Wednesday, December 19, 2012

BAL-FZ Roofing detail

One of the complications which comes with building in such a beautiful spot as we are, is that we have to deal with the very real, very serious threat of very intense bushfire. We're surrounded on all sides by "medium forest", mainly comprising Messmate (Stringy Bark) and Blue Gums standing around 30m tall. This part of the world hasn't seen a bushfire for 35 years or so although the Black Saturday fires started just over there, but then took off in the other direction.

All this means that when it does burn (and it will, inevitably) it's going to be one hell of a fire.

With the experience of the 2009 fires behind it, the Australian building codes were updated to reflect the bushfire risk and the requirements for fire protection are now quite strict, especially in our highest risk classification (BAL-FZ, for Flame Zone). One of these details surrounds the roof construction.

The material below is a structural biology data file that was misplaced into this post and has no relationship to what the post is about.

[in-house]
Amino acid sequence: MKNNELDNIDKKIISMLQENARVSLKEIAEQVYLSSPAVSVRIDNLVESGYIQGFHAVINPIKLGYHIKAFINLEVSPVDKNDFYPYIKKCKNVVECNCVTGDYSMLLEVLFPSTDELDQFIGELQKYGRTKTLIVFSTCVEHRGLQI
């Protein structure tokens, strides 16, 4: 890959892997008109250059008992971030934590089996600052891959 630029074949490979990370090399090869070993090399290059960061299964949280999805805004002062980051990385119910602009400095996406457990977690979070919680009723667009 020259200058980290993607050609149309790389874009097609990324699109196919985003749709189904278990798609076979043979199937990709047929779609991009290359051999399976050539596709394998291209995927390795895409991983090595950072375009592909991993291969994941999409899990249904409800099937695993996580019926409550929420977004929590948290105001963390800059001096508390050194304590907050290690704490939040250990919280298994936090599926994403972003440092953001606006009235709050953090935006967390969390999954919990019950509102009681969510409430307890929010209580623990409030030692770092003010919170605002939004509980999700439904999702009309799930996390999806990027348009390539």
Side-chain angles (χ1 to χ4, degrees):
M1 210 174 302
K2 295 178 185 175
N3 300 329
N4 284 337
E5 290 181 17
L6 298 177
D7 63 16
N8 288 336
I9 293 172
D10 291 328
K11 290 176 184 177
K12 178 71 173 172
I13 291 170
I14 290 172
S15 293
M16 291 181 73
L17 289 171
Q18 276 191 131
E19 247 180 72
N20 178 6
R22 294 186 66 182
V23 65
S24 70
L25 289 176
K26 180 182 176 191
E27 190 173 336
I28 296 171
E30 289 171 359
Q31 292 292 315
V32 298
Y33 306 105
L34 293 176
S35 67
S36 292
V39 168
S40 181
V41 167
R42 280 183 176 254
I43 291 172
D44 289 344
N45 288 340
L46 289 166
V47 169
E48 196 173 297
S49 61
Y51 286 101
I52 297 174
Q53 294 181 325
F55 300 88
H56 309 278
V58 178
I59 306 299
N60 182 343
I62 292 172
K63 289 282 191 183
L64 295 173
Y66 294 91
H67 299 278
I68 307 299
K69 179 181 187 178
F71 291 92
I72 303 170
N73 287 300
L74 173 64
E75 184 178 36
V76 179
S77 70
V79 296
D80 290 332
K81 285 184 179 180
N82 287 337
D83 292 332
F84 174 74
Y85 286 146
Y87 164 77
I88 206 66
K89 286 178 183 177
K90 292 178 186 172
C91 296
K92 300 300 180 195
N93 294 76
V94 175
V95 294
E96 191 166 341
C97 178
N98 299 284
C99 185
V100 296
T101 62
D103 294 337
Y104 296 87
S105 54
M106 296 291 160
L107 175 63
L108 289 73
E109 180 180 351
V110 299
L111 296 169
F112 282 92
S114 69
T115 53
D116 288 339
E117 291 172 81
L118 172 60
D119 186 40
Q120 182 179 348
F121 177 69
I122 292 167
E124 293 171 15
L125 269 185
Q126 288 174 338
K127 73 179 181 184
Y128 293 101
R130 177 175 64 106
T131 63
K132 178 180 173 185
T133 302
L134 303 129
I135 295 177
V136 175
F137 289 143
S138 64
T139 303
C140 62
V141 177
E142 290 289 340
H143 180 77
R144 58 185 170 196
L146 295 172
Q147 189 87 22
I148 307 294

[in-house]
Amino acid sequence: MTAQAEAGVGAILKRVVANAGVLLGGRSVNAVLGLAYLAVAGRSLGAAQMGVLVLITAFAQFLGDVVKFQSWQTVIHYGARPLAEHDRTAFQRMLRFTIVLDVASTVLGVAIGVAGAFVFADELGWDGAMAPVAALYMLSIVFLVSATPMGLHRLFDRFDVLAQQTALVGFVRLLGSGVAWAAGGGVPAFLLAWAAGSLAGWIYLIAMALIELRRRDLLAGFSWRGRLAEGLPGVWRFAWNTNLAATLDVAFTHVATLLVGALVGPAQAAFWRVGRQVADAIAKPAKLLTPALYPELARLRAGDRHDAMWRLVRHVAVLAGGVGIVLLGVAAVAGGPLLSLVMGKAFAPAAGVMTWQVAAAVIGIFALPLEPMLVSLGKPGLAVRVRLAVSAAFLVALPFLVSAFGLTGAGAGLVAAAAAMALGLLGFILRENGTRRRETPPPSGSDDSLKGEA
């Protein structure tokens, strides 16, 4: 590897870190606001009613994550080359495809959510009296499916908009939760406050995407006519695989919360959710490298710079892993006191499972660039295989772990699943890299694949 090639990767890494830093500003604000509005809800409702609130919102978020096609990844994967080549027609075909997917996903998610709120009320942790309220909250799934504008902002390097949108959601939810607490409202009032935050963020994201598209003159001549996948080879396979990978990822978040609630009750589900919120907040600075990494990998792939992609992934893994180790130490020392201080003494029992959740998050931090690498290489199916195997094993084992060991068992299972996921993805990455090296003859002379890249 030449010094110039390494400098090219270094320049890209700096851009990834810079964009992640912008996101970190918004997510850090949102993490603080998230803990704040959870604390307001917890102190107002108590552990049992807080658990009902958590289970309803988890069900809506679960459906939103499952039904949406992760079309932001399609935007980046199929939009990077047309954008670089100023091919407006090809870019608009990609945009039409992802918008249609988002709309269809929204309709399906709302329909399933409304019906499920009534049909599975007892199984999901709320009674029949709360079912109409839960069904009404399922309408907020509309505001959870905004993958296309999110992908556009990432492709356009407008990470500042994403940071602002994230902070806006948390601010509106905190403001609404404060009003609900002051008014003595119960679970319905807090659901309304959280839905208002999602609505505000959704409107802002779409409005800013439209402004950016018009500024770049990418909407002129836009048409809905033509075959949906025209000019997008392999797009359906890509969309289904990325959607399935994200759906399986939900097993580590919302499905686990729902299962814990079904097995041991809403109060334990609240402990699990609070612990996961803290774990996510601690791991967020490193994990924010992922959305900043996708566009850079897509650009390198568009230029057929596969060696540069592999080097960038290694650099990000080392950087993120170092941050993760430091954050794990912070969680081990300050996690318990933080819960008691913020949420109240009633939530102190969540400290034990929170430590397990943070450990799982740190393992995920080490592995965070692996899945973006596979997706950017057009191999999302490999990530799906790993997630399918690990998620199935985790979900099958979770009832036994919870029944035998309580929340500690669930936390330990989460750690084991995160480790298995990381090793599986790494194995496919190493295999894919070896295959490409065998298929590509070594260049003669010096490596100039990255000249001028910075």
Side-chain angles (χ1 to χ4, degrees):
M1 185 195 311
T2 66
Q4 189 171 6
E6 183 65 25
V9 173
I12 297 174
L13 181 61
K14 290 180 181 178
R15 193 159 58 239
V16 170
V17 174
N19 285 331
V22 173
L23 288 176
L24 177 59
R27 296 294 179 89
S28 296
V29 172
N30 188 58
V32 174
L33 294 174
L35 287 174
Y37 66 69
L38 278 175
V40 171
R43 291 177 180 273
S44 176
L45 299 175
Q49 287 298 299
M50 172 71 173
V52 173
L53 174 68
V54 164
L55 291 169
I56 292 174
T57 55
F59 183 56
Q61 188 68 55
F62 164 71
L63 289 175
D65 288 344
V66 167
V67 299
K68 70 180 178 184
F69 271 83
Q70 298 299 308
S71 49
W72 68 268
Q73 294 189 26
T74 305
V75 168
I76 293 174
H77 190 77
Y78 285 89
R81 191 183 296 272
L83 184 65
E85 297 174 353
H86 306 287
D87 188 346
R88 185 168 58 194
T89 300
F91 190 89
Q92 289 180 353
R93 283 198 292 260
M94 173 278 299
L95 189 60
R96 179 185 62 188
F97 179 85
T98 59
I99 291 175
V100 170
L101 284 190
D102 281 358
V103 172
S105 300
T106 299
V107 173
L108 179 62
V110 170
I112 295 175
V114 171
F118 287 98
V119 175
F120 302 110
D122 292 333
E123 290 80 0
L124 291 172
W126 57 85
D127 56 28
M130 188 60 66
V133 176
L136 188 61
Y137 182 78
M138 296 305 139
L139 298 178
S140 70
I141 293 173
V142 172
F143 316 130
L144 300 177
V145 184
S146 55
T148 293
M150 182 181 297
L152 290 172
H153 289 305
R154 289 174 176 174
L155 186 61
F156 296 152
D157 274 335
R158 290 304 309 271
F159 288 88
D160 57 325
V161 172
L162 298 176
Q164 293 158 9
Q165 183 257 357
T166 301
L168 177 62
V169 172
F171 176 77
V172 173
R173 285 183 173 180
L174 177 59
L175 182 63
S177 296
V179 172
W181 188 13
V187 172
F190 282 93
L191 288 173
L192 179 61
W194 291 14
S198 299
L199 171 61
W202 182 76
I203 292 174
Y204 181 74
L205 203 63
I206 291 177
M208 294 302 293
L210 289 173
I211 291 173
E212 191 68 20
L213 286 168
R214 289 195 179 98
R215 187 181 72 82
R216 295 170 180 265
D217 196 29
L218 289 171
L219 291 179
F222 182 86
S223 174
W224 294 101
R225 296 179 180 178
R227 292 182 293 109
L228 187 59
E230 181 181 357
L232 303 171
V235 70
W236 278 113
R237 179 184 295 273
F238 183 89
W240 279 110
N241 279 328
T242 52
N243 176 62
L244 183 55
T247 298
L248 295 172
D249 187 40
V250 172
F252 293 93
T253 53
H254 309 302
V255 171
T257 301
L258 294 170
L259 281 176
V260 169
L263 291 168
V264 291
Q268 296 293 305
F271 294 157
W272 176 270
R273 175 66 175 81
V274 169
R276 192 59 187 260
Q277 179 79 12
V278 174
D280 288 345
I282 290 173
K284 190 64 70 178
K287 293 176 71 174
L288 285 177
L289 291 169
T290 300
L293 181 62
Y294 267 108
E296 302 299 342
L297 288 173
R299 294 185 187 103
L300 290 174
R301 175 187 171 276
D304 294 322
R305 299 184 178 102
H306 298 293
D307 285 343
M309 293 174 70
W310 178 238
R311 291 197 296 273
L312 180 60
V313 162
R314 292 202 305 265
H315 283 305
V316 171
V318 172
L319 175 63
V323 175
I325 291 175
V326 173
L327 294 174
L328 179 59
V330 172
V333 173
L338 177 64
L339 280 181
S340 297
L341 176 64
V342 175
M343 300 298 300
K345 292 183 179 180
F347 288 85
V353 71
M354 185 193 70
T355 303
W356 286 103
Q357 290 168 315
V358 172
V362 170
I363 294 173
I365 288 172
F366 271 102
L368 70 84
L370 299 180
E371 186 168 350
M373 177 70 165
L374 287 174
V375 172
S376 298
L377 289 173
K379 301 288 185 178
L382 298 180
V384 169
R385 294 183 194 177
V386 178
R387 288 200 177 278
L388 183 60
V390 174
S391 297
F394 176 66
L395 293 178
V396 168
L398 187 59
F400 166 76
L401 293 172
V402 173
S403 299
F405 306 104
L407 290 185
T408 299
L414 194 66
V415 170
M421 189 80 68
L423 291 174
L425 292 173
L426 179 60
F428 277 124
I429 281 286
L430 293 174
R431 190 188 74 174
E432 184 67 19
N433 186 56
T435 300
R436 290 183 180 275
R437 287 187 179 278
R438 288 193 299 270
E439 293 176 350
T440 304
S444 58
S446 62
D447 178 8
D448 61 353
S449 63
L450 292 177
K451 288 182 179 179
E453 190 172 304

Normally with a steel-roofed timber framed building, battens are fixed to the top of the rafters or trusses, and the roofing sheets are screwed down directly on top of the battens. However, this leaves the potential for burning embers to enter into the roof space through the corrugations, and so this method isn't allowed in a bushfire-prone building. Instead, plywood sheets are fixed to the top of the trusses/rafters, then the battens, then a fibreglass insulating layer and then the roofing sheets. This compressed insulation sandwich prevents any chance of embers entering the roof space.

All of this means I need about 100 sheets of 2400x1200x15mm tongue-and-groove plywood...

Road trip time! :)

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